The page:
Why We Lost Hudson
The Sad Tale of How Hubris Can Create a Disaster
When we talk about the mystery cars of the first muscle era, the early 50s had some hefty sleepers. One such brand was the Hudson and its famous Hornet. In 1948, Hudson employed some great new features when, like most of its competition, it broke away from the reissue of pre-World War II models. In 1948 they suddenly offered sleek styling, unit body construction, “step-down” lowered chassis, and starting in 1951, the famous Hornet 308 CID I-6 powerhouse. This Hornet/308 combo dominated NASCAR though 1953.
Hudsons were a mid-price to luxury brand, whose competition among the big three was Pontiac and Oldsmobile at GM, Mercury at Ford, and Dodge and DeSoto at Chrysler. The styling that was introduced in 1948 was ahead of Ford, way ahead of Chrysler, and just behind GM. There was no expectations in the Company that Hudson would deliver the volume of those brands, but the Company expected to sit comfortably with about 100,000 annual sales — more than adequate to stay profitable.
But by 1955 they were nothing more than low-volume badge-engineered American Motors Ramblers. What happened?
SELLING THE HUDSON
In Professional Racing
Hudson was actively engaged in stock car racing with its powerful I-6 engine. In fact, Hudson may be the only brand at that time that had an engineering section devoted to modifications and actual builds of the racing version called the “7X”.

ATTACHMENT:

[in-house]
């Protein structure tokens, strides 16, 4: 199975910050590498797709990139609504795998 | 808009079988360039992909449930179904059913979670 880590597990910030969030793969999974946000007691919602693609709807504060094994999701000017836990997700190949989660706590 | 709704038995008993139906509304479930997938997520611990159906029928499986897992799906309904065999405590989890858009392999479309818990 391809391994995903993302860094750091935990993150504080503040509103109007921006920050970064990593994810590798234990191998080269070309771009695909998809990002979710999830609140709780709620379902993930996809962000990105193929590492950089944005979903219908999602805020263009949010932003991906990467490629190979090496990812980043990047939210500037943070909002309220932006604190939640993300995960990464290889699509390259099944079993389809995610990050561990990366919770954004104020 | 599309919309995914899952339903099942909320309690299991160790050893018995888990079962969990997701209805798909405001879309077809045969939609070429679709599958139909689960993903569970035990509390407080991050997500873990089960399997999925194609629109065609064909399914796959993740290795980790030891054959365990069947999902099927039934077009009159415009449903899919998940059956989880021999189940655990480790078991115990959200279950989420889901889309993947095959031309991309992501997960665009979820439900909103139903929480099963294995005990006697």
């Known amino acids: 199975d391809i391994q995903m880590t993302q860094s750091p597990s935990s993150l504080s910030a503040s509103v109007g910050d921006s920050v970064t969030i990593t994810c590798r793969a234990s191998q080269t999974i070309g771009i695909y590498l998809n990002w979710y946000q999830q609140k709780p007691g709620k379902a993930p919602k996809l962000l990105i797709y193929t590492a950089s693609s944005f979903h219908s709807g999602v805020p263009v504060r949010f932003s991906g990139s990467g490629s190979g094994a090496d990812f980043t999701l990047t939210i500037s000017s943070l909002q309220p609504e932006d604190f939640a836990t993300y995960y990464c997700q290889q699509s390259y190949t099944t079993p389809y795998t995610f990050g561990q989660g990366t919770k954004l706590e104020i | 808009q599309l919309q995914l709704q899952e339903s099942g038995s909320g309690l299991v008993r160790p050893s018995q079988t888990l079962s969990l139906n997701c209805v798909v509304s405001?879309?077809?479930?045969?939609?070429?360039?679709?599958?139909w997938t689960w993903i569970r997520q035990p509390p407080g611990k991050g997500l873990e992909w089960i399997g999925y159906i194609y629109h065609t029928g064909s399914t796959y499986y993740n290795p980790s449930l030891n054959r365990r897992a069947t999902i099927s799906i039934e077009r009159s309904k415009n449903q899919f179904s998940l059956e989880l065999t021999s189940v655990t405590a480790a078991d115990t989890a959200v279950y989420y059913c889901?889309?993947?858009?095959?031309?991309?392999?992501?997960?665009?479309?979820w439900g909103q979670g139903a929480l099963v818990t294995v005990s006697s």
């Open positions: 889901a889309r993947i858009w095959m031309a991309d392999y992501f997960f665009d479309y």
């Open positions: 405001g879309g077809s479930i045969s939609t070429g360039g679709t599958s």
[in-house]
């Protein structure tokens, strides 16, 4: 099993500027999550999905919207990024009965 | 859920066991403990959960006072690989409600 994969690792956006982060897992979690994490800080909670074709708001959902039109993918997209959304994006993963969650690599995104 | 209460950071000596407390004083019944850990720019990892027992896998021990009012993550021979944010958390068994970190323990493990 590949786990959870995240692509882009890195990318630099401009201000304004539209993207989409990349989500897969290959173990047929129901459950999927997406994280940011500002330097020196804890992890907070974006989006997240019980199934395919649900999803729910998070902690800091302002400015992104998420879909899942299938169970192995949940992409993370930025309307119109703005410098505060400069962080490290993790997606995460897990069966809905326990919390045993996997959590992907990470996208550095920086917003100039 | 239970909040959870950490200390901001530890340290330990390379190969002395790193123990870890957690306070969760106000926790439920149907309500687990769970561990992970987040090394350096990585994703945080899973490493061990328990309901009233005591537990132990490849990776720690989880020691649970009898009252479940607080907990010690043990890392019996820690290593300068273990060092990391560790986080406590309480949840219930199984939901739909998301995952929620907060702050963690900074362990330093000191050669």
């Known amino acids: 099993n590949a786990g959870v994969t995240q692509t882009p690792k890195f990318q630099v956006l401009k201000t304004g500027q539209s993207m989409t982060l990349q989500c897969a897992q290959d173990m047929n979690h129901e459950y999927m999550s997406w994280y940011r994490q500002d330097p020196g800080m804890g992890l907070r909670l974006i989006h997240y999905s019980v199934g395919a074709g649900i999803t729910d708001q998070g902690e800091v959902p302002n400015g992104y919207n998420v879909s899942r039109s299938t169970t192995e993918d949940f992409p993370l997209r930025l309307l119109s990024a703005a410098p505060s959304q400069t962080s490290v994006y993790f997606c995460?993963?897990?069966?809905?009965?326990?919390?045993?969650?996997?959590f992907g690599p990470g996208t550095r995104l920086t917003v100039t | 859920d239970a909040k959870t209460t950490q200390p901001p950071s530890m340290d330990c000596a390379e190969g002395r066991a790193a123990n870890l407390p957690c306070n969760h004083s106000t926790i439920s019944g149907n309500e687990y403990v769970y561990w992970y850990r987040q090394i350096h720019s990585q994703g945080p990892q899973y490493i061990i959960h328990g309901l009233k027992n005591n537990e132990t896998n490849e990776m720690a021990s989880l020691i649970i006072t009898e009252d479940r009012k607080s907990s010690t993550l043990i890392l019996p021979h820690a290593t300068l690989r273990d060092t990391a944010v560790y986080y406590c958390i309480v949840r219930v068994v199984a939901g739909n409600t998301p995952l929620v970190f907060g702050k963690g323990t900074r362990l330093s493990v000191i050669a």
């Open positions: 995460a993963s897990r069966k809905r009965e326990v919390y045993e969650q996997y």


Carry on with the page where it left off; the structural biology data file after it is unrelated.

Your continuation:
“But another vital characteristic is its ruggedness, a factor that has been conclusively demonstrated in dirt track competition. The road crew discovered this, too, for few cars emerge from the violent maneuvers the test drivers use in top condition. When the Hornet was returned to the factory, it still was in perfect tune.” the Motor Life magazine testers.
The 7X engine was sold as a crate engine only. Learn About this race engine HERE.
The Last Great Hudson Brochure
At right is the last true brochure for the Hudson. Thereafter, Hudsons would be American Motors Ramblers slightly re-skinned and called Hudsons.
In the following years, the famous and powerful L-Head in-line six cylinder engine would be available in the Rambler chassis, but little else remained of the car’s heritage.
Rambler or Hudson, the name was fading from the public’s interest. In 1955 only 10,671 true Hudsons were sold. In 1956, the number dropped to 8,152. The handwriting was on the wall.
Check out the last great Hudson Brochures here!
Other Hudson Brochures can be found in our Library.
Hudson Documented the Complete Specifications of their Models.
ll manufacturers that were part of the Automobile Manufacturers Association submitted these specifications each year. The Association placed these submissions in research files that were retrievable in paper. We have captured those that are currently available in our library (And we’re on the lookout for more!)